Rising Nationalism?

PAYLAŞ

I have always maintained that nationalism is the ideology of advancing the nation. To do this national unity has to be forged out of diverse ethnic, religious and cultural groups under a political super-identity into which each group fits with some degree of comfort and satisfaction; a sustainable, relatively efficient and inclusive economy; and utopias depicting a better future to generate a sense of hope and common fate/agenda. The second aim of nationalism ought to be to secure a respectable place for the nation and the national state at the international scene. With a failing state and a national image no society may have a revered place among the family of nations. So the national state must be vibrant, inclusive and successful for nationalism to be successful and ideologically cohesive. Or what?  

Well, if not, nationalism turns into a defensive ideology at the international scene and a divisive ideology within given the diversity of the society. If the national state fails to deliver its promises of freedom, equality. welfare and respect it can not generate consent and solidarity that are imperative for nation building and sustenance. Then it increasingly relies on coercive methods to hold the ‘nation’ together. Nationalism ceases to be the ideology to enhance the nation but a vehicle to reinforce the state.  

However a failing state, that is by definition authoritarian, generates incessant frictions between included and excluded groups. The end result is fragmentation of the non-inclusive national identity into communal loyalties. Systemic crises reinforce this search of communalism.  

Given this theoretical backdrop, another thing happened simultaneously in recent decades besides the erosion of enforced (not consensual) national identities because the national state failed to deliver what it promised on the onset. Globalization deprived the national state of its instruments to control and to satisfy its citizens. Citizens felt bereft of the security (no matter how partial) and the support of their traditional values and reference systems that were no more relevant in the face of global challenges. 

People had two choices:  1) to seek refuge in newly made or defined communities and; 2) to reinvent national symbols that are commonly shared in the society. Both processes worked simultaneously.  However, what is at issue is not nationalism. At best it is pseudo-nationalism that is based on fear of the external and the unknown (an indefinite future mare than anything else and perceived insufficiency of the national state). The generation of  (pseudo) nationalism is made easier by unearthing the past traumas and the wounds they had inflicted on the national psyche. There is nothing healthy or therapeutic about this process. On the contrary it creates a feeling of victimization and a mixed feeling of anxiety and anger against alien and inimical forces/actors. They are perceived as enemies and causes of all the pain that the nation has suffered in the past and about to suffer in the near future.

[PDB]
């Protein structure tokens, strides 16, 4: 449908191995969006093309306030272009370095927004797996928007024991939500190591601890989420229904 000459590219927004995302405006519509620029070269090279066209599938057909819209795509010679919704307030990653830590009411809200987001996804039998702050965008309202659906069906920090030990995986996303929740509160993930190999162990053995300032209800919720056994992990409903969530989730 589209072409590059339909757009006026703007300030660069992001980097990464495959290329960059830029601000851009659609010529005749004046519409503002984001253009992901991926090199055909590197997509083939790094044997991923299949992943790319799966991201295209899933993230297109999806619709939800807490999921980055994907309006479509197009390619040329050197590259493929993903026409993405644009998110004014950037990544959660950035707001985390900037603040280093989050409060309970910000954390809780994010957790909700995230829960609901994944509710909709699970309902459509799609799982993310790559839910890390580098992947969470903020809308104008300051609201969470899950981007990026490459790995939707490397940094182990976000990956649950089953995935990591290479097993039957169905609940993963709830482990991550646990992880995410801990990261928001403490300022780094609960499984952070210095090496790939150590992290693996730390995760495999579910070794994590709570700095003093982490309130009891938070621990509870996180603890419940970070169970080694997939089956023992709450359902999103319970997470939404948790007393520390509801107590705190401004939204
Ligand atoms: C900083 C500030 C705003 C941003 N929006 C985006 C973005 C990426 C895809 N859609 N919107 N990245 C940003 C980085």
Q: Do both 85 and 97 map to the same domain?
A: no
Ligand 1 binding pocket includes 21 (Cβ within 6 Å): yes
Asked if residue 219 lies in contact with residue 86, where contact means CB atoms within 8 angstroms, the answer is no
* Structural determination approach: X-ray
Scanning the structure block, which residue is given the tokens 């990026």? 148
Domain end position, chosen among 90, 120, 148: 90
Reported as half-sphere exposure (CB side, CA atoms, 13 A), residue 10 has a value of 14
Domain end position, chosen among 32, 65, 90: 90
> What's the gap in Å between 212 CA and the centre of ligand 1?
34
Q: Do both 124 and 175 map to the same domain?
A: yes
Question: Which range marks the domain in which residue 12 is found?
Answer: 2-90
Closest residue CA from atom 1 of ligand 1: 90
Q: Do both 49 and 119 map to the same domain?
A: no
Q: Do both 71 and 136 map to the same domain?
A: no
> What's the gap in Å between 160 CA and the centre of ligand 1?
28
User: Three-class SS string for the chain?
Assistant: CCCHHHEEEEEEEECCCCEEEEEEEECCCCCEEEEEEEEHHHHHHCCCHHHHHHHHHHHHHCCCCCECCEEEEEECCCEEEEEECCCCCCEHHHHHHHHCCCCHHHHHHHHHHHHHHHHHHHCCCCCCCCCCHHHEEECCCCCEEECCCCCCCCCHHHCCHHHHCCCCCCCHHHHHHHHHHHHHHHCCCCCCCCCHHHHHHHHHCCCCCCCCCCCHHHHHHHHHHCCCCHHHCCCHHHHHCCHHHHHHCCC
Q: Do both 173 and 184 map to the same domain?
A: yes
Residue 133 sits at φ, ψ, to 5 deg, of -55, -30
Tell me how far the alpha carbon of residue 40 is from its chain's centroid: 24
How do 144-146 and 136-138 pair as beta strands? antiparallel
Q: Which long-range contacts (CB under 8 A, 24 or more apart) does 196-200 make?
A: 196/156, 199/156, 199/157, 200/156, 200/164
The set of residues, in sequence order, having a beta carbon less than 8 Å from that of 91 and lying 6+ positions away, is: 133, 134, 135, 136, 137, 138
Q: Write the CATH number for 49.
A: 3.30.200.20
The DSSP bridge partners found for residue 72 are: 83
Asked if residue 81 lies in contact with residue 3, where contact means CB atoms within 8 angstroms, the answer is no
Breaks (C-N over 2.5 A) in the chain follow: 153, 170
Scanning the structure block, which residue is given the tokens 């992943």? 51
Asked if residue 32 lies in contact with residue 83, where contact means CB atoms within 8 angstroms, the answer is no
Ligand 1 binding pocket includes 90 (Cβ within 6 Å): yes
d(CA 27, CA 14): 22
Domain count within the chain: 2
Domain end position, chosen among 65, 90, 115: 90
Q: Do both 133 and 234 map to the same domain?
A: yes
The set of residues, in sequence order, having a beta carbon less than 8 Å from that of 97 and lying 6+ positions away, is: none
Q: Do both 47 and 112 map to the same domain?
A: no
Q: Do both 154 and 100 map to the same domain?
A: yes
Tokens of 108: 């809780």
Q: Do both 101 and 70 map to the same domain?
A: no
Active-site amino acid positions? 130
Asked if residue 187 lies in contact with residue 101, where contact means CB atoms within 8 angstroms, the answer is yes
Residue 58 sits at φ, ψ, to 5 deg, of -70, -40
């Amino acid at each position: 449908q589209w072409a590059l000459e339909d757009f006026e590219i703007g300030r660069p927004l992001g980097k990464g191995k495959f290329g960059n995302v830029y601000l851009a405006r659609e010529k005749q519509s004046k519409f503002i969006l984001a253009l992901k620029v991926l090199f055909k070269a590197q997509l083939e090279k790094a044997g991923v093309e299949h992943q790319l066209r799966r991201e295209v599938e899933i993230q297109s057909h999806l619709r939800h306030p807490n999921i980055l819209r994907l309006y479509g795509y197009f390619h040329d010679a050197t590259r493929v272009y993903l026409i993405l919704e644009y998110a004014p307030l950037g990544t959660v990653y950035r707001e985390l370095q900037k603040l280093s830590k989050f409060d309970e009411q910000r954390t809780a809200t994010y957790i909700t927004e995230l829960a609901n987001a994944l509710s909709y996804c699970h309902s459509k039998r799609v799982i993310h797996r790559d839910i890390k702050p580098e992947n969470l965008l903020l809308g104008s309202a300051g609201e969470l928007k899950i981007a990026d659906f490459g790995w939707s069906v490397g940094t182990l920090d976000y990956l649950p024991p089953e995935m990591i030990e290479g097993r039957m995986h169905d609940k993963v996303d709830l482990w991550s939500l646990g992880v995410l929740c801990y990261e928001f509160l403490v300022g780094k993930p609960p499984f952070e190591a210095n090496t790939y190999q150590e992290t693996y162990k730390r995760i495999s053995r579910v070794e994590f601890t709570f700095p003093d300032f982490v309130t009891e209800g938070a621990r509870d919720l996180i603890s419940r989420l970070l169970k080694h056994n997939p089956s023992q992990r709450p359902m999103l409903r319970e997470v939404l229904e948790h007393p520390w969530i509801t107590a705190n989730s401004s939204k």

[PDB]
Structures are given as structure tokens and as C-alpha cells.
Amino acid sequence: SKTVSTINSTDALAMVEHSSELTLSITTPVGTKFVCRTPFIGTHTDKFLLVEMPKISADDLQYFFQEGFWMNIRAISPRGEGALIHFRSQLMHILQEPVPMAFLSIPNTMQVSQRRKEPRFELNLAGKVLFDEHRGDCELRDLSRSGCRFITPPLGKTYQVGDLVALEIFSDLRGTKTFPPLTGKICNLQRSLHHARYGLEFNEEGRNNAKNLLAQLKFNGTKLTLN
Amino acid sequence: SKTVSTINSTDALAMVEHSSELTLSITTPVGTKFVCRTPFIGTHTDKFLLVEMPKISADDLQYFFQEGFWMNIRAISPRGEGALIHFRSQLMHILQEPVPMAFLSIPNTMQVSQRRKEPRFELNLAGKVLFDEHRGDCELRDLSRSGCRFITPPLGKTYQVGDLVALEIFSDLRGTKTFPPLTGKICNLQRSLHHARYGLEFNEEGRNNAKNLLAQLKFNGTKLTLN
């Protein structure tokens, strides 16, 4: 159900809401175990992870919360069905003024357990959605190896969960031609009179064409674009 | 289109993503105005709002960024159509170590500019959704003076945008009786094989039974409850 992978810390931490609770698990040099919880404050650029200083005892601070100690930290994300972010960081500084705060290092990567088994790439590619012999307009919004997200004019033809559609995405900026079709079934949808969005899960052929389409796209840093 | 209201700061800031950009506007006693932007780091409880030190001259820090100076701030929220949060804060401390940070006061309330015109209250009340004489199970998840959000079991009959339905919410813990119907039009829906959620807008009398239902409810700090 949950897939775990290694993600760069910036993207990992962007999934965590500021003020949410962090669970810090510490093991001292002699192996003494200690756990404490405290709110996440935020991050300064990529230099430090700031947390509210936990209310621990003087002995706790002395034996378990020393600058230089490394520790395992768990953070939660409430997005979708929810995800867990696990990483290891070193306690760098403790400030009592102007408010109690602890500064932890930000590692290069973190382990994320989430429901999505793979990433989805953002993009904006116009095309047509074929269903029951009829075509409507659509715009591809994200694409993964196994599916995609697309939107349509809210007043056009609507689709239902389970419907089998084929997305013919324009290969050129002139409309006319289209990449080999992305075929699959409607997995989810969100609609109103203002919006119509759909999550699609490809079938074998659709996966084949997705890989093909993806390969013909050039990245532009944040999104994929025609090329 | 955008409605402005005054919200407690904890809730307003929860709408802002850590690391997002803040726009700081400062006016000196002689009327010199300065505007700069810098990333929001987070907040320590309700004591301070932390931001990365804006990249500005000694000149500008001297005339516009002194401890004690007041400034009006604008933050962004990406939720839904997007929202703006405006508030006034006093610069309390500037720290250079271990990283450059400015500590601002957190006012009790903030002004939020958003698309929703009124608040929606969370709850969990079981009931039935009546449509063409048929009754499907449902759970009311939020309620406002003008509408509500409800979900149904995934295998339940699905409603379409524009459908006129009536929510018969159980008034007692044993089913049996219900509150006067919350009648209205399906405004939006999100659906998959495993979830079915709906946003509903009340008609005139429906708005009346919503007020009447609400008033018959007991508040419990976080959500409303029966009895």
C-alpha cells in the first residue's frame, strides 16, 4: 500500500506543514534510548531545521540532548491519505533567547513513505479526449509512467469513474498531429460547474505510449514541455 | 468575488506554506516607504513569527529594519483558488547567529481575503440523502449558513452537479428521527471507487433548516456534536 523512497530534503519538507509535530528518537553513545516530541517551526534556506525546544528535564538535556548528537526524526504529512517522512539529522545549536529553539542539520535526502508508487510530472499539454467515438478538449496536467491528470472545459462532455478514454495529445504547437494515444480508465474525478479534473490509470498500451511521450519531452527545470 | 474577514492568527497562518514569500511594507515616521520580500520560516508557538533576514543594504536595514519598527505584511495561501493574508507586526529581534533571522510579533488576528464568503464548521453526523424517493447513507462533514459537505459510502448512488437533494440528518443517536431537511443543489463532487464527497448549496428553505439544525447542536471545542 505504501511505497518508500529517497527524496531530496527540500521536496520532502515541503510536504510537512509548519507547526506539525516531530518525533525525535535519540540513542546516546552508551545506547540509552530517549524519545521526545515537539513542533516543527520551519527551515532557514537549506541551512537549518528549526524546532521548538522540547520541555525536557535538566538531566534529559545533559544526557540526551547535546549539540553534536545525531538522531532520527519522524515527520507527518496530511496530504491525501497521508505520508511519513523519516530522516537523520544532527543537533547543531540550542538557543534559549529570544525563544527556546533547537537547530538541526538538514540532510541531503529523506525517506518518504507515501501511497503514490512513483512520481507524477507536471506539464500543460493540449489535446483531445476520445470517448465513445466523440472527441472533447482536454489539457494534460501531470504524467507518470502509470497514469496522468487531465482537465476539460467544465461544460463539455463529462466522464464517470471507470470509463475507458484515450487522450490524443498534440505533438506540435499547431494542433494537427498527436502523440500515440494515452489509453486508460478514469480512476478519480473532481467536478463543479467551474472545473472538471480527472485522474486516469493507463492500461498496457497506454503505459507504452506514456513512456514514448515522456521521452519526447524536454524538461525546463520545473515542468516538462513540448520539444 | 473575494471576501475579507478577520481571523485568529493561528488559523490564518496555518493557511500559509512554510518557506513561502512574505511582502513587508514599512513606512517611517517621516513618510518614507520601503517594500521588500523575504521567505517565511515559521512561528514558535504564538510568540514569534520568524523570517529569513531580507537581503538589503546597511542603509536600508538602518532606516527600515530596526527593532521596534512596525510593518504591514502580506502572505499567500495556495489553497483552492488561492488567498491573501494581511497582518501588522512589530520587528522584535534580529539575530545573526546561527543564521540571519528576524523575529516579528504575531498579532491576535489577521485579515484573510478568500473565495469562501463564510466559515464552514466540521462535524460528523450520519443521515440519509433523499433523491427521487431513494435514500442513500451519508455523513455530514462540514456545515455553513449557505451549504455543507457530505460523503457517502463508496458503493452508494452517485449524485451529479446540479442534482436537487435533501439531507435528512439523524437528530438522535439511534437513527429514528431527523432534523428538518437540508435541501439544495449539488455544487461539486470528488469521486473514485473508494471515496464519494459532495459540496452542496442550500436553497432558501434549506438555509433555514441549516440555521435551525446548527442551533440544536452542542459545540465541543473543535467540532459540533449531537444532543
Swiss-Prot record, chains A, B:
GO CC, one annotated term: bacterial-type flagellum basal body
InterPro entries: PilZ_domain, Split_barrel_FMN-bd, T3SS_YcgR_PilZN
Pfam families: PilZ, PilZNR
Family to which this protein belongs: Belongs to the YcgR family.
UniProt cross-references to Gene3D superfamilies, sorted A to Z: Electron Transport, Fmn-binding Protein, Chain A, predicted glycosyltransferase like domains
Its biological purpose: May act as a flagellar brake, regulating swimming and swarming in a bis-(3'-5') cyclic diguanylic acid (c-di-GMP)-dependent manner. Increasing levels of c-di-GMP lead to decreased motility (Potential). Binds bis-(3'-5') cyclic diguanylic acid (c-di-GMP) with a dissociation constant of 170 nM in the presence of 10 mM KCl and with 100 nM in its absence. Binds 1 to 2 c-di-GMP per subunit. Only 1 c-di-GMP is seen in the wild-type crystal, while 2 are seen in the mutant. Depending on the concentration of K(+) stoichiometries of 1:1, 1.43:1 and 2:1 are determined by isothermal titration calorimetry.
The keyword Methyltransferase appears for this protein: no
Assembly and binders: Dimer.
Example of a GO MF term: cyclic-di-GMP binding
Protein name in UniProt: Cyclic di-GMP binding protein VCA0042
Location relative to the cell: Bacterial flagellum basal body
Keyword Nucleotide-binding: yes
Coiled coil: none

Then, it hard to call this process ‘surge of nationalism’. On the one hand there is growing communalism. On the other, there is a surge of potent and negative feelings against the failures of the state/system and the international system (globalization) that has disrupted the traditional life of insufficiently developed societies. The only available shelter larger than the communal identity is the already failing national state that needs to be reinforced to protect its unprotected citizens. This may seem like a contradiction but it is a real phenomenon although seemingly a futile effort to reinforce and to revitalize the national state in order to eliminate the fears and the frustration of the people who seek its protection. 

There are two key ingredients of this pseudo-nationalist surge: fear and frustration. The combination of these is explosive in that it leads to rage and violence if other conditions avail. Other conditions are encouragement and protective leniency of official circles in order to get rid of the ‘enemies’ of the nation and thuggish role models who are exalted as ‘heroes’ by popular culture through the media. So were treated the assassin of Hrant Dink (Ogun Samast) and the man who shot Pope Jean Paul II (Mehmet Ali Agca) nearly thirty years ago. Both are hailed as ‘nationalists’ by those groups who feel threatened by non-national forces. But in fact both figures hate many groups in the (political) nation as defined by the constitution and identify themselves not with the whole but a faction of the nation that is either ethnically, religiously or politically defined or a combination of these. Why?  

It is because the ’national identity’ and/or the national state does neither include nor satisfy them as well as certain sections of the nation. Ensuing fragmentation/communalism further leads to anxiety of dissolution of national unity. That is why even the communities use common nationalistic symbols and seek a common ideological shelter. This shelter is found in the persona of the state divorced from the original concept of the nation that is defined as homogeneous and harmonious. If this process leads to an inclusive state structure that reconciles differences rather than dictates uniformism, and if this communalism leads to a pluralist understanding of the nation, then there is hope for democracy and a state that is respectful of diversities and rule of law. Otherwise there is more stormy weather ahead.

CEVAP VER